Measha Brueggergosman: Freedom for Christmasby Richard Turp
/ December 1, 2014
This appears to be a time of great personal rejoicing for Measha Brueggergosman. After open-heart surgery in 2009 and the birth of her son, Shepherd, two years ago, she returned to the madcap world of classical music and opera, including a wonderful Bess in the Opéra de Montréal’s production of the Gershwin opera last season. What is certain is that she remains committed to Shepherd and her husband Marküs as they split time between Measha’s career and homes in Switzerland and Atlantic Canada. Before she embarked upon a Canada-wide tour that covers twenty cities and seven provinces, Measha Brueggergosman talked to me of her recently released new album entitled simply Christmas on Warner Classics. This new album represents somewhat of a new departure for Brueggergosman.
Rather than associate herself with a symphony orchestra and present a traditionally “classical” Christmas recording, Brueggergosman preferred to focus on several popular Christmas classics (as well as two original songs) and collaborate with two renowned Canadian musicians, Royal Wood and Sarah Harmer, and producers Aaron Davis and Michael Phillip Wojewoda, who has worked with popular bands including Barenaked Ladies and Rheostatics.
Alongside such classic popular North American songs as Little Drummer Boy and The Christmas Song (better known as “Chestnuts Roasting On An Open Fire”) and Joni Mitchell’s beautiful River, Brueggergosman performs the classical Es Ist Ein’ Rose Entsprungen and Adolphe Adam’s Minuit, Chrétiens. The whole process associated with the project was significant for Brueggergosman, she explains. “The whole creative environment was extremely uplifting. As a classically trained singer, I am always singing a pre-existing repertoire, in which we invariably know what we are to prepare and record. It is, in a real sense, pre-determined and my role is an interpretative one. I had tremendous leeway and creative freedom here. If I wanted cowbells or a tambourine, I could integrate it. Or if I felt I wanted to record my voice on one track and then add my voice as background vocals layered on another track, I could!”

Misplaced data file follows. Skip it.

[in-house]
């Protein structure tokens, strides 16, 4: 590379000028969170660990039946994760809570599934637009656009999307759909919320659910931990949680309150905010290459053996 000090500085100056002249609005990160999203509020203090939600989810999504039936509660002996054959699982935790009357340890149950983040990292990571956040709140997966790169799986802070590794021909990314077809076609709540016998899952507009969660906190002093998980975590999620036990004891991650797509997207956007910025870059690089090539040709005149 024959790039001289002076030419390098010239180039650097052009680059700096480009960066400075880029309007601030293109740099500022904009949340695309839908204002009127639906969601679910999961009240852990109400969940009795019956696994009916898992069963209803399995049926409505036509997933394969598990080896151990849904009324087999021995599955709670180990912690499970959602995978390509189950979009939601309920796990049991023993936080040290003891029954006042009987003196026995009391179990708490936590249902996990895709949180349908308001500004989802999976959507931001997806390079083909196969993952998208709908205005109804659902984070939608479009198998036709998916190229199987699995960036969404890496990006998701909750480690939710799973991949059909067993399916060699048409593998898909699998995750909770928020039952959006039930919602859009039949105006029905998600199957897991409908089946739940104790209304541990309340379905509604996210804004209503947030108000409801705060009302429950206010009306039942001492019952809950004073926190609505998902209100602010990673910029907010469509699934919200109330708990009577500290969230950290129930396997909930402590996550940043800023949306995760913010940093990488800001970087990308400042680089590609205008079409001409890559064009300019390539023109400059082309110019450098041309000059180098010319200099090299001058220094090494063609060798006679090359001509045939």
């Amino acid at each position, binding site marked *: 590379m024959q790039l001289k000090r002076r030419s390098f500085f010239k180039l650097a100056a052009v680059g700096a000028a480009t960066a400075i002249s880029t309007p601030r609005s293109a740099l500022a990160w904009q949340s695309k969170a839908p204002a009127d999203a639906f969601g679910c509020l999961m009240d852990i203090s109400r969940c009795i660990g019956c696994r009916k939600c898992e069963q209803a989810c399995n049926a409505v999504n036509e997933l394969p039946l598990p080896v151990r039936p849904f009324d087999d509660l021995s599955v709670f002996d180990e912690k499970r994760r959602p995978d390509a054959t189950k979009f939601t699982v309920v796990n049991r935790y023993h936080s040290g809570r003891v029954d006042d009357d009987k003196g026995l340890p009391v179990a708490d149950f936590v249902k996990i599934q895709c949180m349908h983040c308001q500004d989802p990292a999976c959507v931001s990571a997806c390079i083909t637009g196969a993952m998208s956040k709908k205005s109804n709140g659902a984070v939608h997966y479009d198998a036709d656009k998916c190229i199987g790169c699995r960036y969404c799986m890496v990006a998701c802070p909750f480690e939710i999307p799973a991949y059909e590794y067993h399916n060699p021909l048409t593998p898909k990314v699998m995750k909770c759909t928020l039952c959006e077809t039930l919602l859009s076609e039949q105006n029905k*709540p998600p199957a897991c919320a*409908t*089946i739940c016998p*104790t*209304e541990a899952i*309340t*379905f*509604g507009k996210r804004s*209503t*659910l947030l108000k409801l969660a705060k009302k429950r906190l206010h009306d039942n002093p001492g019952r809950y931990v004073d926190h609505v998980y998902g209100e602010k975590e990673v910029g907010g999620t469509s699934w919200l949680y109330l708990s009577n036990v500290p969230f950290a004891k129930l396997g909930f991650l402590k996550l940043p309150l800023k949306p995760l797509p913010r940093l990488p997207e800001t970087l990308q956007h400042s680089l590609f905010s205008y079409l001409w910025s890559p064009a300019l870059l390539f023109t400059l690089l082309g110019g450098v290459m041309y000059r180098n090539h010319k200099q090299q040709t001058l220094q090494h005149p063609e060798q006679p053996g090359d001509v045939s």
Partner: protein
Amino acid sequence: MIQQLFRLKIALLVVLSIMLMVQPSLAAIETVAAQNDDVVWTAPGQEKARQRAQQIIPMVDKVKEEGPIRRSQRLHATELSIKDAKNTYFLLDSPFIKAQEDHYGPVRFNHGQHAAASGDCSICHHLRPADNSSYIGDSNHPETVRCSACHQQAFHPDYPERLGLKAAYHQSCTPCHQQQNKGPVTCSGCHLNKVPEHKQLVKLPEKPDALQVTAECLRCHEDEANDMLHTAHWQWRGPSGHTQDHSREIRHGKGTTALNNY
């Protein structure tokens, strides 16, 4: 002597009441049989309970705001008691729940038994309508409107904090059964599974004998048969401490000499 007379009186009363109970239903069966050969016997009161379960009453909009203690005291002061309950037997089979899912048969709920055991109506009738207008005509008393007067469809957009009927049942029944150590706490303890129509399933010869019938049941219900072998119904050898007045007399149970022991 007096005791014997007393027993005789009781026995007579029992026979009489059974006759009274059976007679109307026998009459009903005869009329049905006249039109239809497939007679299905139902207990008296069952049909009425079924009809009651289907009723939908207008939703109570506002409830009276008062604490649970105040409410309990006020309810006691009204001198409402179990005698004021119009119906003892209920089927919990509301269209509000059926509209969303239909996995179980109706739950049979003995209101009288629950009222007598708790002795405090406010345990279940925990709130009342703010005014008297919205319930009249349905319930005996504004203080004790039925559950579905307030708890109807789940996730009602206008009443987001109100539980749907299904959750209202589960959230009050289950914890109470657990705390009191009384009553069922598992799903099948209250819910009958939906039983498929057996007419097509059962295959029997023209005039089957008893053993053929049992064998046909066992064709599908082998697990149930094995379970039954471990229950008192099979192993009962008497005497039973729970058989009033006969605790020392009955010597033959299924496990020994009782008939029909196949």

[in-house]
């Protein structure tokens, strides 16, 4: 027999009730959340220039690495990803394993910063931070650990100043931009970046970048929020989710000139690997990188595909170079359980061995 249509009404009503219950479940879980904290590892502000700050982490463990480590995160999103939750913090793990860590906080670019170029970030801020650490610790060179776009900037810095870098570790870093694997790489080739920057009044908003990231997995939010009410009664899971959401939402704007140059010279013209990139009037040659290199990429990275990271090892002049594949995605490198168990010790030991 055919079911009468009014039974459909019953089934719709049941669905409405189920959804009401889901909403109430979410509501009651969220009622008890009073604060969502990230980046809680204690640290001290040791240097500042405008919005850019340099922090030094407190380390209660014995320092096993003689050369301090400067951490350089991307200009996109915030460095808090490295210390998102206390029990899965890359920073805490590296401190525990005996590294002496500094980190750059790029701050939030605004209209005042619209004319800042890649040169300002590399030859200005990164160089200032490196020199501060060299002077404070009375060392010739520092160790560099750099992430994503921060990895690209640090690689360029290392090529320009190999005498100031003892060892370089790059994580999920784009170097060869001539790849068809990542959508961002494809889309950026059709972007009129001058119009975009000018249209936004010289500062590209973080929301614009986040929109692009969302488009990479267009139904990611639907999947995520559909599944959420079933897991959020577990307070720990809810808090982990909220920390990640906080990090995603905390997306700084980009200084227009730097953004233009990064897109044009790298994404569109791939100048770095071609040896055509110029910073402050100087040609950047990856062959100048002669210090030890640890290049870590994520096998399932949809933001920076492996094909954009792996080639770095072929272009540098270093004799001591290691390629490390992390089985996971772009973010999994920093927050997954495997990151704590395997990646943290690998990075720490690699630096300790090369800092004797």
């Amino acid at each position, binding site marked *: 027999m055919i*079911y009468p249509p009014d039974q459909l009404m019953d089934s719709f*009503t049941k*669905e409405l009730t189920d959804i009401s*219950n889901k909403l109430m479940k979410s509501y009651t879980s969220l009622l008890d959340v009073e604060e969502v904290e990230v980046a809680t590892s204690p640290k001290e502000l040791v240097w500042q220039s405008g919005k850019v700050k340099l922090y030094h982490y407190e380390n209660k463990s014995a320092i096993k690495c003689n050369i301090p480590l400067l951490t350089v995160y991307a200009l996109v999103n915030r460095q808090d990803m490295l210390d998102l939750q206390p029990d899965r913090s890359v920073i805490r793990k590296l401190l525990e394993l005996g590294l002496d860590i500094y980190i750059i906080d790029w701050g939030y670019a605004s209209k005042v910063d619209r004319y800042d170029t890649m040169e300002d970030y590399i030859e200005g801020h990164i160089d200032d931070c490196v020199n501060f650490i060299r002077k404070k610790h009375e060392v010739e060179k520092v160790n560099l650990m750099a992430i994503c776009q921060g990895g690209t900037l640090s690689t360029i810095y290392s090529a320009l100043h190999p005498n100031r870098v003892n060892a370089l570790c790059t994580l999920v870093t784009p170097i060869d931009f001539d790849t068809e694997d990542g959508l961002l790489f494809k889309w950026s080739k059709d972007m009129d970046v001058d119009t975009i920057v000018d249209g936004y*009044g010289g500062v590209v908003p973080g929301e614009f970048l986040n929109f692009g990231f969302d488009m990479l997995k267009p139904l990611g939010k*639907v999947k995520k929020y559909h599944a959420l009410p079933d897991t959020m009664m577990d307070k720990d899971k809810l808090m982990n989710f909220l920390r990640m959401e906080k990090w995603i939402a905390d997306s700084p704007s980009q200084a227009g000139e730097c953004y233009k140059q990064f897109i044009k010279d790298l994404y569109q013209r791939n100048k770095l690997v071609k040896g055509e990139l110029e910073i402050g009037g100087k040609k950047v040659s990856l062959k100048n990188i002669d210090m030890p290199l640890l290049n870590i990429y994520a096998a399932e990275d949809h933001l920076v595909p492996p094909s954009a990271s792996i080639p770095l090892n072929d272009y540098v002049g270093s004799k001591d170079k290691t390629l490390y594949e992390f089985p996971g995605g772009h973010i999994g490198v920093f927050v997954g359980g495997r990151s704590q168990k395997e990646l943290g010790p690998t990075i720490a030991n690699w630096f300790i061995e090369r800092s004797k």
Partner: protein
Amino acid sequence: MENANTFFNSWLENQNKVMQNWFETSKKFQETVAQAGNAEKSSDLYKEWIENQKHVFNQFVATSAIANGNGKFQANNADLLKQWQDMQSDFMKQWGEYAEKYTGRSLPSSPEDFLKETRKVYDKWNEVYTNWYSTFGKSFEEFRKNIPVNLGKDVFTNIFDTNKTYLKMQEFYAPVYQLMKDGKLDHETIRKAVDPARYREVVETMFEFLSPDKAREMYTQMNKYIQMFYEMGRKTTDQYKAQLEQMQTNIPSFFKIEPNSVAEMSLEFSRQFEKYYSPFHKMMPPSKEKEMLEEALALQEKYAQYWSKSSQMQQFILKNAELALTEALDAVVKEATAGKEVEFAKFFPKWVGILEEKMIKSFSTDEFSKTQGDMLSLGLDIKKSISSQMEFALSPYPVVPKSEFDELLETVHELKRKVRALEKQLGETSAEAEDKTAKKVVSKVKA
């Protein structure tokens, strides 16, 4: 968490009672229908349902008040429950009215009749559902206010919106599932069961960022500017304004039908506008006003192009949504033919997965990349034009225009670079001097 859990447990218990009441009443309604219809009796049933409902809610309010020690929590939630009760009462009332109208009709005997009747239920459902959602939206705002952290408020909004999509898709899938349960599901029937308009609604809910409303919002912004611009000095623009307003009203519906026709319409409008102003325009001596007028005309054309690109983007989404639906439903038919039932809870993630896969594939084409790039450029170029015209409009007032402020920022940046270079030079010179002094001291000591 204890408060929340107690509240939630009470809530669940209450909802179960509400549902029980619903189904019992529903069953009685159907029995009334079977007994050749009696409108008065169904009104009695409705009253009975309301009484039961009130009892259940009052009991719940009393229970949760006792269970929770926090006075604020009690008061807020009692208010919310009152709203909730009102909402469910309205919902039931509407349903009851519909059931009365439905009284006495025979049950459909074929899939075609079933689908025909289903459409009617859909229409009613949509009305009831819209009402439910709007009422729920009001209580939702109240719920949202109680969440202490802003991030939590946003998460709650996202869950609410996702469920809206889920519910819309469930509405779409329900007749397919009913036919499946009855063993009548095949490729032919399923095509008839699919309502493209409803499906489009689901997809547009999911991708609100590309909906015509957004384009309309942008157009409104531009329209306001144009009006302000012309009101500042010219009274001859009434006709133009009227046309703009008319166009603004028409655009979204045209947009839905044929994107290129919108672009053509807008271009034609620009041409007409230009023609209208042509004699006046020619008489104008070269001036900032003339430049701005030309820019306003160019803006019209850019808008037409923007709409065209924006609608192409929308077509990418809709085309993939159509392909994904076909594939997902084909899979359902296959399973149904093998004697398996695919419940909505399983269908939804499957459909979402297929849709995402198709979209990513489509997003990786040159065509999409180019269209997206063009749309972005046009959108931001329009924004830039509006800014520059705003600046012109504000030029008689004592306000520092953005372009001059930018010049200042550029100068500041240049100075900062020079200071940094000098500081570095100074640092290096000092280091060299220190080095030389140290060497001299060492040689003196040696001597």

Another aspect of the process was the time involved. “Usually when you record a classical album, you rarely have a week to do it; here we prepared for months, planned in detail for ten days, and then recorded it over three months, basically between May and July this year, in Madrid and then in Northern Ontario. Can you imagine the luxury of such an expansive process, the privilege and pleasure of working in such a collaborative process?” she asks. And almost as an afterthought, she adds, “The process allowed us, in the words of Michael Phillip Wojewoda, to ‘program the Measha organ.’” After a bout of spontaneous laughter she continued: “It allowed me the space, time and focus to maximise my vocal contribution.”
The recording’s production values also allowed Brueggergosman to never lose sight of her artistic priorities. “As an artist, I have a responsibility to present something that is valid, well-conceived and well-rehearsed, and hopefully a natural fit for me,” she says. “But I am also very methodical as to how I should proceed as a singer. The late Gérard Mortier, may he rest in peace, for example, engaged me for the Madrid Opera as Jenny in Weill’s Threepenny Opera as well as the three sopranos in Offenbach’s Contes d’Hoffmann. I felt that he must be mad, but said yes because I trusted him. In the end, I sang Giulietta and Antonia but he was right to ask me to stretch myself. Well, in a sense this project had similar aims. Producer Aaron Davis and I worked on Christmas primarily because it would allow us to, as he put it, “put new clothes on a pre-existing body.” I must admit that I really enjoyed the process of attempting to bring ourselves into those classic tunes, and I found it incredibly liberating.”
And how did Brueggergosman feel about tackling modern popular classics such as The Little Drummer Boy, It’s the Most Wonderful Time of the Year and Do You Hear What I Hear? “I didn’t set out to reinvent the wheel,” she answers. “I’ve always let the music guide me and these are songs I have grown up with. I brought my vocal capacities and capabilities to the process and realised that the overall possibilities are endless. Also, I have been aware of my voice for years. As a child I sang and played the piano and I hope that the vocal experience and knowledge of my vocal personality added to the collaborative process.”
Ultimately, Brueggergosman felt that this new recording was a supremely positive experience: “I am deeply appreciative and grateful to have worked with such fabulous musicians and producers in such a wonderful creative environment. To have had the space and time and to have been fortunate enough to be associated with the right people and such gifted musicians has been the most exciting and inspiring an experience imaginable. I simply hope that people enjoy the resulting album.”
“Christmas” Album Tour: in Prince Edward Island, Nova Scotia, and Newfoundland until December 20 2014. www.measha.com